Even those involved in Branson tourism find it hard to keep up with
the ever-increasing number of attractions and shows. Shows are
added or changed every year and performers move between theaters or
change their schedules continuously, since Branson has shows all
day long--starting at breakfast time.
Following are some of the significant developments in 1997 and
plans for 1998.
The Remington Theater, formerly the Five Star Theater, has new
matinee and evening shows under the banner "Branson City Lights,"
featuring 100 songs and medleys performed by 40 singers, dancers
and ice skaters.
Two powerhouse entertainers, Tony Orlando and Wayne Newton, will
reunite this year at the 2,700-seat Talk of the Town Theatre in
alternating performances. The showmen have leased the former
Branson Showcase America Theatre (also formerly known as the Glen
Campbell Theatre) for the next three years. Memorabilia from both
performers will be on display.
The Ozarks Discovery Imax Theater has expanded its options to
include screenings of major motion pictures as well as Imax films.
With the addition of a 35mm projector with a special lens, the
theater can now show such special-effects blockbusters as "Twister"
and the latest James Bond movie, "Tomorrow Never Dies."
Also in the Imax Entertainment Complex is the new Remember When
Theater, set for a late March opening. The theater will feature a
90-minute nostalgia show by Mike Radford, who brings his routine
from the Shepherd of the Hills Homestead. The intimate theater,
with 250 tiered seats, will feature a design inspired by a
grandparent's attic, crammed with antiques and memorabilia, much of
it donated by previous visitors.
Buck Trent, a two-time Country Music Association Instrumentalist
of the Year, will bring back his breakfast show to the Dinner Belle
Restaurant, a 450-seat facility. The country music and variety show
will go on Mondays through Saturdays at 9 a.m.; breakfast will be
served sit-down, family style at 8 a.m.
The Jim Stafford Theatre, one of the longest-running Branson
venues, has added a "tornado" to a show that already has a 22-piece
marching band, dancing chickens, blimps and flying saucers.
Stafford, a special effects aficionado, supervised the development
of the tornado, which has industrial-sized fans positioned to
create a whirlwind effect. Sirens scream and thunder roars over a
highly amplified sound system as outhouses and cows appear to fly
through the air and Jim's own chihuahua seems to spin across the
Russian comedian Yakov Smirnoff continues his multimedia variety
show in the new Yakov's American Pavilion, which features a gift
shop in addition to the main theater.
Branson's largest theme park, Silver Dollar City, opened the
World's Largest Treehouse in its Geyser Gulch area last year. This
gigantic, interactive children's playground in the sky is a treetop
village stretching over Lake Silver, with three main towers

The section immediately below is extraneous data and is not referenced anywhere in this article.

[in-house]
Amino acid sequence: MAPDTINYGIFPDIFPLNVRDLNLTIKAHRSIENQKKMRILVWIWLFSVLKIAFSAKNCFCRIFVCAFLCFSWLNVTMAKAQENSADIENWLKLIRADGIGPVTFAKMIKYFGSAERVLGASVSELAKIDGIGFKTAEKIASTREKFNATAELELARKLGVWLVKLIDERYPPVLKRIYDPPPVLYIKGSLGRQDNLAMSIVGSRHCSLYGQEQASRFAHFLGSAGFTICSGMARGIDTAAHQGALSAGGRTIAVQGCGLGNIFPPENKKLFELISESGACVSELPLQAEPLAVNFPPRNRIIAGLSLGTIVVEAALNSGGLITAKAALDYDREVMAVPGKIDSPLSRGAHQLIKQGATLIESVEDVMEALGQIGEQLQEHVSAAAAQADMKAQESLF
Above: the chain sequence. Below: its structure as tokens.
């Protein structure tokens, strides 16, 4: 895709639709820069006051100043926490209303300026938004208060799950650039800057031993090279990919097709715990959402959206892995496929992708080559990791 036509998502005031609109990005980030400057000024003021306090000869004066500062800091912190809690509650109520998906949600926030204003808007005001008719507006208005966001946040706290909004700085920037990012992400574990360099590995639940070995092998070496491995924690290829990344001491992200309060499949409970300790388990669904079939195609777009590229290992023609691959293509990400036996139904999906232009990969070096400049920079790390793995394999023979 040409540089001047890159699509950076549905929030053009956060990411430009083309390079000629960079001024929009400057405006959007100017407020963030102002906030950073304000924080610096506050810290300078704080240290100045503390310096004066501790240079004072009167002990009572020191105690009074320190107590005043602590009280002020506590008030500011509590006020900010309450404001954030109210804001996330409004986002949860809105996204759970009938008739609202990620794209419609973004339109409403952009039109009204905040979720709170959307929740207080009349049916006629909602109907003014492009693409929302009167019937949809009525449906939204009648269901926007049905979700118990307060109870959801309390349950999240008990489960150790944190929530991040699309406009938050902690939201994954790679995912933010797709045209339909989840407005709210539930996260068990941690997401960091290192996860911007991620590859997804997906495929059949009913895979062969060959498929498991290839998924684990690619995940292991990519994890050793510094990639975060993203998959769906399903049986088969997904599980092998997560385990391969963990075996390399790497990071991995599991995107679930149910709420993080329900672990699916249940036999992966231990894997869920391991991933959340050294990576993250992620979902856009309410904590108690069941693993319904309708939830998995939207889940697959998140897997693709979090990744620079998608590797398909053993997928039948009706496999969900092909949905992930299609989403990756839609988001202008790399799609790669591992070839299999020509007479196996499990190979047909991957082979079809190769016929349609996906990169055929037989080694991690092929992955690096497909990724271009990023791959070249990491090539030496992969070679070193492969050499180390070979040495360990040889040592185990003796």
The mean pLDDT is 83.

reaching over three stories high.
Built at a cost of $2.5 million, the treehouse has main towers,
smaller towers and even a courthouse. This playground in the sky is
woven together by connecting rope crawls, swinging bridges and
tunnels. Hundreds of interactive gadgets, moving targets,
windmills, whirligigs, sirens, slides and telescopes provide action
Throughout the treehouse, gauges warn as pressure builds until
the giant geyser in the center of the village erupts into Lake
Silver. The Treehouse was Silver Dollar City's centerpiece for its
National Children's Festival last summer, featuring Nickelodeon.
The National Children's Festival will be repeated this year (June
13 to Aug. 23) with Nickelodeon participating again. The festival
will include 100 activities for kids, with participants featuring a
number of stellar names in children's entertainment.
The highlight will be Earth 2U, Exploring Geography, an
interactive exhibition created by the Smithsonian Institution
Traveling Exhibition Service and the National Geographic
Building on the popularity of the World's Largest Treehouse,
Silver Dollar City is this year adding Splash Harbor, a three-story
ship and four-level dockside tower. The attraction will be loaded
with water cannons, aqua exploders and water blasters, i.e., squirt
guns galore for kids who love a good soaking.
Mutton Hollow Entertainment Park and Craft Village, which had
filed for Chapter 11 bankruptcy, was sold at foreclosure to
Springfield, Mo., businessman C.H. Wehr. No plans have been
announced for the attraction, which had been in operation since the
early 1970s and featured craft shops and crafters, restaurants and
a county fair area.
The former residence of country performer Mel Tillis has been
transformed into the Home of the Stars, showcasing the personal
memorabilia of several local entertainers.
The kitchen of the two-story house features the high chair used
by the Lennon Sisters, who now perform at the Lawrence Welk
Champagne Theater. A bathroom is decorated with Boxcar Willie
memorabilia, including a spittoon, and a bedroom displays items
from singer Barbara Fairchild's childhood, including a teddy bear
collection. Tony Orlando's dining table graces another room.
Visitors are permitted to touch and handle items on display, and
even to sit on the furniture. The Home of the Stars is owned and
operated by Branson-Springfield Gray Line.
The Showboat Branson Belle is launching two new shows. "Steppin'
Out," featured on dinner cruises, is a high-energy show wherein
singers and dancers, accompanied by an eight-piece band, segue from
the traditional routines of the riverboat era to current music and
On lunch cruises, "Riversong" features a musical family
performing everything from country to songs of the past to
interactive comedy. During the shows, passengers are served from a
new menu in the paddlewheeler's 700-seat dining room. The Branson
Belle is owned and operated by Silver Dollar City.